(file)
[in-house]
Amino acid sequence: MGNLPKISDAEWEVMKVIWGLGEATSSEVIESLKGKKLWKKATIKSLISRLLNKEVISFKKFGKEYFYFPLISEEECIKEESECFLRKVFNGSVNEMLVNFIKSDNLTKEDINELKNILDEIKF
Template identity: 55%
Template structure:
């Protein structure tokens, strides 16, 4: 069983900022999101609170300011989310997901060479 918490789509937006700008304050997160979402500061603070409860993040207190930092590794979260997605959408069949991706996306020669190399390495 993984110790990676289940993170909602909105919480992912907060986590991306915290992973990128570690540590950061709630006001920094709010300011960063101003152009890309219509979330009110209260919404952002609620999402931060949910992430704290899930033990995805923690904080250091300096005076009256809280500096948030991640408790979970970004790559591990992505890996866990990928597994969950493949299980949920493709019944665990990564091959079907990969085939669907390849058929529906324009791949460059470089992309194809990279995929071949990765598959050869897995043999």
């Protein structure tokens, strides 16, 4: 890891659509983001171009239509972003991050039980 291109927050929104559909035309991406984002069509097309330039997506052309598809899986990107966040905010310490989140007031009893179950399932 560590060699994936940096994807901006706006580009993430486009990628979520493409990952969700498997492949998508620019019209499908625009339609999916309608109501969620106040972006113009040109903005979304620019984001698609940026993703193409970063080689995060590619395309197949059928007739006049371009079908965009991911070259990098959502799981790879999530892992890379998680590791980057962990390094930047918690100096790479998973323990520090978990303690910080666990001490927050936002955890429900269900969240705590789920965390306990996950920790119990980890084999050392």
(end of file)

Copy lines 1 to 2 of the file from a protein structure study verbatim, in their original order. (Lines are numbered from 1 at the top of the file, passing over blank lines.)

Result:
[in-house]
Amino acid sequence: MGNLPKISDAEWEVMKVIWGLGEATSSEVIESLKGKKLWKKATIKSLISRLLNKEVISFKKFGKEYFYFPLISEEECIKEESECFLRKVFNGSVNEMLVNFIKSDNLTKEDINELKNILDEIKF